The Information Superhighway: A Road to Misery?

By Krautz, Joachim | Contemporary Review, January 1996 | Go to article overview

The Information Superhighway: A Road to Misery?


Krautz, Joachim, Contemporary Review


IF one was to believe the promises brought forward by the multinational media-conglomerates, a golden future beckons. The bulldozers are already clearing the ground for the information superhighway which will bring peace, democracy and free access to any information even to the most distant corners of this planet. Knowledge is power! Consumers will have more choice, dictatorships will crumble, virtual communities will break up the isolation most people in the industrialized world experience nowadays ... It just sounds too good to be true. However, it seems as if in spite of all this euphoria a few details have been overlooked. We should read the small print carefully, though, before we buy our ticket at the toll gate to that miraculous highway leading us into the age of information. It might be a road of no return.

One of the insiduous characteristics of modern technology is that it is invented to be sold, unlike most earlier inventions which were made to be used by the inventor, his patron or his community. Modem technology has to be packaged seductively in order to blur our perception of needs and wants and to make us buy it. By no means is the intention of this article to rubbish technology in general, or even the concept of commerce. However, once we buy into it, this misleading imagery as a vehicle of salesmanship deprives us of our freedom by reducing our ability to choose. It deprives us of our freedom by narrowing our options to a set of pre-programmed choices.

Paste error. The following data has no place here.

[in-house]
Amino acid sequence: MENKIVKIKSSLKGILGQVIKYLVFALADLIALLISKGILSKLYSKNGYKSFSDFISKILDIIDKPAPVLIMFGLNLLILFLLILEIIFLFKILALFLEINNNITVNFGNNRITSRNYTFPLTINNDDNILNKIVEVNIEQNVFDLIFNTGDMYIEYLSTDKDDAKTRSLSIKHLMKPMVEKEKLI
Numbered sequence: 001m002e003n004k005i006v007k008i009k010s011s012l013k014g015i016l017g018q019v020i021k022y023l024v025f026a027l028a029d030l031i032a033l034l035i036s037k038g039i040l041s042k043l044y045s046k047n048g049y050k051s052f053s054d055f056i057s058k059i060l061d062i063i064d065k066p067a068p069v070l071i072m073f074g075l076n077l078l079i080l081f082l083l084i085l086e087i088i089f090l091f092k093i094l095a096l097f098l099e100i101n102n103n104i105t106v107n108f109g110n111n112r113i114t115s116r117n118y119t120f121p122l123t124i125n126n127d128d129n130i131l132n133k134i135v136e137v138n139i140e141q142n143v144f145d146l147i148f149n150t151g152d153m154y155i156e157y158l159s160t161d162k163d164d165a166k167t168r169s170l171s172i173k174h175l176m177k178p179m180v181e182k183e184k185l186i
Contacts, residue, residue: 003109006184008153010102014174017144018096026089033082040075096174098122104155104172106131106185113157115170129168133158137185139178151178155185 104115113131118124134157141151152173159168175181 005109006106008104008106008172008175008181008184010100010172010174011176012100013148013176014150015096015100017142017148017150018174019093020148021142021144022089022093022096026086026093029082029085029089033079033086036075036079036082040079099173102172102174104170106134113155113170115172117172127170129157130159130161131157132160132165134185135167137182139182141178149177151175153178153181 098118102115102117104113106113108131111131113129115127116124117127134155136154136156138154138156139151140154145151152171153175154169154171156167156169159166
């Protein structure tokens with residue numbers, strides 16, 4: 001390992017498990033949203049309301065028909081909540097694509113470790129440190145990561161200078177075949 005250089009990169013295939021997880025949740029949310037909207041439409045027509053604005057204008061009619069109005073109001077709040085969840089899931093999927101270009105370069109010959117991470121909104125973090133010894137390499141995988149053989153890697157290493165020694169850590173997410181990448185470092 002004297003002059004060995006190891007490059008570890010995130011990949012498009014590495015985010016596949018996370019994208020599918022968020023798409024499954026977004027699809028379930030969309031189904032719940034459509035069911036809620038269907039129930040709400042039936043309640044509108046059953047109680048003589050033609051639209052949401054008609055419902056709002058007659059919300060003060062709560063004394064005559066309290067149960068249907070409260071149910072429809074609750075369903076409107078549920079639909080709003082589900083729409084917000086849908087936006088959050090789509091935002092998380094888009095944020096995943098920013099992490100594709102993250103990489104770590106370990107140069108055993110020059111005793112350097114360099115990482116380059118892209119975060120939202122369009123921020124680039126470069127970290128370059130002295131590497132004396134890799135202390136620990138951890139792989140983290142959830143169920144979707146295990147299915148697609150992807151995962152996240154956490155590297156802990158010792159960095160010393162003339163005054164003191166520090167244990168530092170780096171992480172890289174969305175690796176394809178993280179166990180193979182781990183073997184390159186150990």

Of course there is always the faction of those who claim that there is nothing inherently wrong with technology and that, after all, it is what we do with it that counts. Yet can we really control or even resist the influences modem technological innovations - or their seductive packaging for that matter - have on our lives?

Before the advent of personal computers, wordprocessing and fax, professional translators, for instance, had to work long hours for a relatively small pay. Did these new office tools help to improve their lives, to reduce their work load? On the contrary: Not only can they not afford to do without these modern-and expensive! - contraptions anymore. Now they have to work even longer hours in order to pay back their bank loans.